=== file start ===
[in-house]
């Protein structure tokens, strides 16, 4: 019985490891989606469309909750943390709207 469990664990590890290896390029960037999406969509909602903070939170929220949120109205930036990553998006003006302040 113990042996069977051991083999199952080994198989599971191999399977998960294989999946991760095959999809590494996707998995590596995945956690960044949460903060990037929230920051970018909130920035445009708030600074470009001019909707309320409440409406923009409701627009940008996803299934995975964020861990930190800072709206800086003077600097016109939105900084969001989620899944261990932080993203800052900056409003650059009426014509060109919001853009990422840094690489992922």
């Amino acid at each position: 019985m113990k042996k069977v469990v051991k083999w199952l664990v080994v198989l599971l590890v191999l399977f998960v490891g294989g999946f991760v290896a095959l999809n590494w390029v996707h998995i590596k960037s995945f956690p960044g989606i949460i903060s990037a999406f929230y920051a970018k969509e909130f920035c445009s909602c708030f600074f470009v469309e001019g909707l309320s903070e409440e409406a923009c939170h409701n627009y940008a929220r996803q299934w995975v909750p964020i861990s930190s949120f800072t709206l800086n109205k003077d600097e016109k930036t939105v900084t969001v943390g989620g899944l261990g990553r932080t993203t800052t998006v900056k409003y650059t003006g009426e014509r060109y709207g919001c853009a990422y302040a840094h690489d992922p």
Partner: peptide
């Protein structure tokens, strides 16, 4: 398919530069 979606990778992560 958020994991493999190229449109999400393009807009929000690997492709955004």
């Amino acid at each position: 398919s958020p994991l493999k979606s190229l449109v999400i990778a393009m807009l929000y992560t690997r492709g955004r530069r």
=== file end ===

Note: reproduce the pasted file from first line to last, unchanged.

[in-house]
């Protein structure tokens, strides 16, 4: 019985490891989606469309909750943390709207 469990664990590890290896390029960037999406969509909602903070939170929220949120109205930036990553998006003006302040 113990042996069977051991083999199952080994198989599971191999399977998960294989999946991760095959999809590494996707998995590596995945956690960044949460903060990037929230920051970018909130920035445009708030600074470009001019909707309320409440409406923009409701627009940008996803299934995975964020861990930190800072709206800086003077600097016109939105900084969001989620899944261990932080993203800052900056409003650059009426014509060109919001853009990422840094690489992922």
């Amino acid at each position: 019985m113990k042996k069977v469990v051991k083999w199952l664990v080994v198989l599971l590890v191999l399977f998960v490891g294989g999946f991760v290896a095959l999809n590494w390029v996707h998995i590596k960037s995945f956690p960044g989606i949460i903060s990037a999406f929230y920051a970018k969509e909130f920035c445009s909602c708030f600074f470009v469309e001019g909707l309320s903070e409440e409406a923009c939170h409701n627009y940008a929220r996803q299934w995975v909750p964020i861990s930190s949120f800072t709206l800086n109205k003077d600097e016109k930036t939105v900084t969001v943390g989620g899944l261990g990553r932080t993203t800052t998006v900056k409003y650059t003006g009426e014509r060109y709207g919001c853009a990422y302040a840094h690489d992922p």
Partner: peptide
């Protein structure tokens, strides 16, 4: 398919530069 979606990778992560 958020994991493999190229449109999400393009807009929000690997492709955004």
């Amino acid at each position: 398919s958020p994991l493999k979606s190229l449109v999400i990778a393009m807009l929000y992560t690997r492709g955004r530069r």